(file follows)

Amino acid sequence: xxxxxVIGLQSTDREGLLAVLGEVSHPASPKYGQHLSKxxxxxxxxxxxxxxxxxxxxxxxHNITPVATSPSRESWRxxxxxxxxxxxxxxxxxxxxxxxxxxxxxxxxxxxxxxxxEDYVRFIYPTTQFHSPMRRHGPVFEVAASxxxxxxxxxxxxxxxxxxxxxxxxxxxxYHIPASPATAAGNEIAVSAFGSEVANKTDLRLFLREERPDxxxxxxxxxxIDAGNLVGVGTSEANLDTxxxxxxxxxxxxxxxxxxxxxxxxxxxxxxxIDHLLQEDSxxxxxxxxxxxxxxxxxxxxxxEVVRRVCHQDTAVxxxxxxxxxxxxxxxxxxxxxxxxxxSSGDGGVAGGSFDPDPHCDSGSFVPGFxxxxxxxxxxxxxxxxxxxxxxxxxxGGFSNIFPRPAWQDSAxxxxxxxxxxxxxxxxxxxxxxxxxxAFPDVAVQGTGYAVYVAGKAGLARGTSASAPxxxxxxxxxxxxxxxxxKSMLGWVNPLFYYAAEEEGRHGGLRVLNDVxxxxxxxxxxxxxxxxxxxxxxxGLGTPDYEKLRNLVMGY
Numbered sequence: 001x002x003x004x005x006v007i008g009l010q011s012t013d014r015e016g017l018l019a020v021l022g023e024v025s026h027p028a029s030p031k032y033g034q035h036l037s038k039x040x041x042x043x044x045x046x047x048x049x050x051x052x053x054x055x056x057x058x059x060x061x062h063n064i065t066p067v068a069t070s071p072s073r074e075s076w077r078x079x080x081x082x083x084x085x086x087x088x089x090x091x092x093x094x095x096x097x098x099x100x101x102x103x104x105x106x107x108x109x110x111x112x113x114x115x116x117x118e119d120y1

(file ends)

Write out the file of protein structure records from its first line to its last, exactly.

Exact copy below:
Amino acid sequence: xxxxxVIGLQSTDREGLLAVLGEVSHPASPKYGQHLSKxxxxxxxxxxxxxxxxxxxxxxxHNITPVATSPSRESWRxxxxxxxxxxxxxxxxxxxxxxxxxxxxxxxxxxxxxxxxEDYVRFIYPTTQFHSPMRRHGPVFEVAASxxxxxxxxxxxxxxxxxxxxxxxxxxxxYHIPASPATAAGNEIAVSAFGSEVANKTDLRLFLREERPDxxxxxxxxxxIDAGNLVGVGTSEANLDTxxxxxxxxxxxxxxxxxxxxxxxxxxxxxxxIDHLLQEDSxxxxxxxxxxxxxxxxxxxxxxEVVRRVCHQDTAVxxxxxxxxxxxxxxxxxxxxxxxxxxSSGDGGVAGGSFDPDPHCDSGSFVPGFxxxxxxxxxxxxxxxxxxxxxxxxxxGGFSNIFPRPAWQDSAxxxxxxxxxxxxxxxxxxxxxxxxxxAFPDVAVQGTGYAVYVAGKAGLARGTSASAPxxxxxxxxxxxxxxxxxKSMLGWVNPLFYYAAEEEGRHGGLRVLNDVxxxxxxxxxxxxxxxxxxxxxxxGLGTPDYEKLRNLVMGY
Numbered sequence: 001x002x003x004x005x006v007i008g009l010q011s012t013d014r015e016g017l018l019a020v021l022g023e024v025s026h027p028a029s030p031k032y033g034q035h036l037s038k039x040x041x042x043x044x045x046x047x048x049x050x051x052x053x054x055x056x057x058x059x060x061x062h063n064i065t066p067v068a069t070s071p072s073r074e075s076w077r078x079x080x081x082x083x084x085x086x087x088x089x090x091x092x093x094x095x096x097x098x099x100x101x102x103x104x105x106x107x108x109x110x111x112x113x114x115x116x117x118e119d120y1